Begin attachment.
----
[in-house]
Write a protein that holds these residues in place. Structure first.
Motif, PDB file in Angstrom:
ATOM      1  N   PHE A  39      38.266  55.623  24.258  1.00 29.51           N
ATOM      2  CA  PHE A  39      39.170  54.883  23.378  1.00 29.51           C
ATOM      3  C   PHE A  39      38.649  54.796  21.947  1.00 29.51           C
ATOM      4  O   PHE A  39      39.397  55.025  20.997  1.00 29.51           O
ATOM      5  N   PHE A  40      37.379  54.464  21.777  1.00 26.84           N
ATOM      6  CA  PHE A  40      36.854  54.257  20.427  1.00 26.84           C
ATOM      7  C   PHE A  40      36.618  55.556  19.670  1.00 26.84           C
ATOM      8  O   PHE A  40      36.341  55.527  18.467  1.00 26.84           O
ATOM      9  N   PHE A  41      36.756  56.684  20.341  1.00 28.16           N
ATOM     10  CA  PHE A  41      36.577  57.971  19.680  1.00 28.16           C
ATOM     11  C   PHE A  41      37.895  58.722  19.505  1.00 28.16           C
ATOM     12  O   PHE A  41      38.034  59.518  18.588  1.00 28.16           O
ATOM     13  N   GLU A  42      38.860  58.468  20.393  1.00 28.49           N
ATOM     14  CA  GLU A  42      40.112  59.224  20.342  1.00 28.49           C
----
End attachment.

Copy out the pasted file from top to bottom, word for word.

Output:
[in-house]
Write a protein that holds these residues in place. Structure first.
Motif, PDB file in Angstrom:
ATOM      1  N   PHE A  39      38.266  55.623  24.258  1.00 29.51           N
ATOM      2  CA  PHE A  39      39.170  54.883  23.378  1.00 29.51           C
ATOM      3  C   PHE A  39      38.649  54.796  21.947  1.00 29.51           C
ATOM      4  O   PHE A  39      39.397  55.025  20.997  1.00 29.51           O
ATOM      5  N   PHE A  40      37.379  54.464  21.777  1.00 26.84           N
ATOM      6  CA  PHE A  40      36.854  54.257  20.427  1.00 26.84           C
ATOM      7  C   PHE A  40      36.618  55.556  19.670  1.00 26.84           C
ATOM      8  O   PHE A  40      36.341  55.527  18.467  1.00 26.84           O
ATOM      9  N   PHE A  41      36.756  56.684  20.341  1.00 28.16           N
ATOM     10  CA  PHE A  41      36.577  57.971  19.680  1.00 28.16           C
ATOM     11  C   PHE A  41      37.895  58.722  19.505  1.00 28.16           C
ATOM     12  O   PHE A  41      38.034  59.518  18.588  1.00 28.16           O
ATOM     13  N   GLU A  42      38.860  58.468  20.393  1.00 28.49           N
ATOM     14  CA  GLU A  42      40.112  59.224  20.342  1.00 28.49           C